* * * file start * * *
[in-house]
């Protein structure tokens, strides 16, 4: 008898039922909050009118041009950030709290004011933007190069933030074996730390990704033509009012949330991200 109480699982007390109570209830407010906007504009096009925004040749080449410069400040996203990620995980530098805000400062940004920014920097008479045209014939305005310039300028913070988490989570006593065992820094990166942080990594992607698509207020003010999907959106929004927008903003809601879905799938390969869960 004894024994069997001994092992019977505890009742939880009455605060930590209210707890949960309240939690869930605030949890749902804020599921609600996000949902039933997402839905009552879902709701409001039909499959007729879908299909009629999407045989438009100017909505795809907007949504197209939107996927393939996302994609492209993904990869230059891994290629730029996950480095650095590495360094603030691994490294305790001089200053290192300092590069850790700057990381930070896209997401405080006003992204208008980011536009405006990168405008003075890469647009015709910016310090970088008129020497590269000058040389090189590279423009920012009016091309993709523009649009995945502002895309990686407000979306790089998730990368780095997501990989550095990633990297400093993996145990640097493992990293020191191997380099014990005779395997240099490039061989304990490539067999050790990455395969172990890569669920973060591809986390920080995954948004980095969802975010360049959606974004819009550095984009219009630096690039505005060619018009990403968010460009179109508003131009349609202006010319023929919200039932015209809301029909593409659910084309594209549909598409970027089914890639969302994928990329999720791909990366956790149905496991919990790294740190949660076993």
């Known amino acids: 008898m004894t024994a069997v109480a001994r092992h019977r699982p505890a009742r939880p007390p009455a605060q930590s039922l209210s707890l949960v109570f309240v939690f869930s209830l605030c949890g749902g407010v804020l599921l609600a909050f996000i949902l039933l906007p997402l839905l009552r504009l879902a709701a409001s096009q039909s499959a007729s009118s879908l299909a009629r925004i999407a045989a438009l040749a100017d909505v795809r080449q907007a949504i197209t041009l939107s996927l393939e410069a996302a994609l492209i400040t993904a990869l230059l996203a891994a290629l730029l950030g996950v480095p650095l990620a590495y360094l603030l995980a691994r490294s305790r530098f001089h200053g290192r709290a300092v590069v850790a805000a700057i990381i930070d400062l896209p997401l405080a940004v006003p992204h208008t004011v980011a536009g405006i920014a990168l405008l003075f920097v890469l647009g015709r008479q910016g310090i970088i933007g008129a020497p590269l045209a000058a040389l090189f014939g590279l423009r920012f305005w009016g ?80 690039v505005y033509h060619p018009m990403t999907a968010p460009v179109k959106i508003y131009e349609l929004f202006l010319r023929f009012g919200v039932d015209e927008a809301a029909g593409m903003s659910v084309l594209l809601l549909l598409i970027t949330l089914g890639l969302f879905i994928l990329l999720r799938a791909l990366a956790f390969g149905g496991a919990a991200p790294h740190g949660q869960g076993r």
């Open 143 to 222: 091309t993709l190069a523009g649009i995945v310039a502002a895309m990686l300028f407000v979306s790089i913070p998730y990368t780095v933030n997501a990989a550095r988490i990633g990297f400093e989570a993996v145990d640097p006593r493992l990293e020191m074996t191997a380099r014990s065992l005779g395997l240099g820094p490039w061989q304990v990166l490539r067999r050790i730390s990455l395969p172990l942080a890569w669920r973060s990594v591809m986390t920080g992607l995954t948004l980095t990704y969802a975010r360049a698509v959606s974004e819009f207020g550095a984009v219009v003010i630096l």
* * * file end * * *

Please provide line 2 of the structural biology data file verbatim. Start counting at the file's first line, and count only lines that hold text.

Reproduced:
């Protein structure tokens, strides 16, 4: 008898039922909050009118041009950030709290004011933007190069933030074996730390990704033509009012949330991200 109480699982007390109570209830407010906007504009096009925004040749080449410069400040996203990620995980530098805000400062940004920014920097008479045209014939305005310039300028913070988490989570006593065992820094990166942080990594992607698509207020003010999907959106929004927008903003809601879905799938390969869960 004894024994069997001994092992019977505890009742939880009455605060930590209210707890949960309240939690869930605030949890749902804020599921609600996000949902039933997402839905009552879902709701409001039909499959007729879908299909009629999407045989438009100017909505795809907007949504197209939107996927393939996302994609492209993904990869230059891994290629730029996950480095650095590495360094603030691994490294305790001089200053290192300092590069850790700057990381930070896209997401405080006003992204208008980011536009405006990168405008003075890469647009015709910016310090970088008129020497590269000058040389090189590279423009920012009016091309993709523009649009995945502002895309990686407000979306790089998730990368780095997501990989550095990633990297400093993996145990640097493992990293020191191997380099014990005779395997240099490039061989304990490539067999050790990455395969172990890569669920973060591809986390920080995954948004980095969802975010360049959606974004819009550095984009219009630096690039505005060619018009990403968010460009179109508003131009349609202006010319023929919200039932015209809301029909593409659910084309594209549909598409970027089914890639969302994928990329999720791909990366956790149905496991919990790294740190949660076993």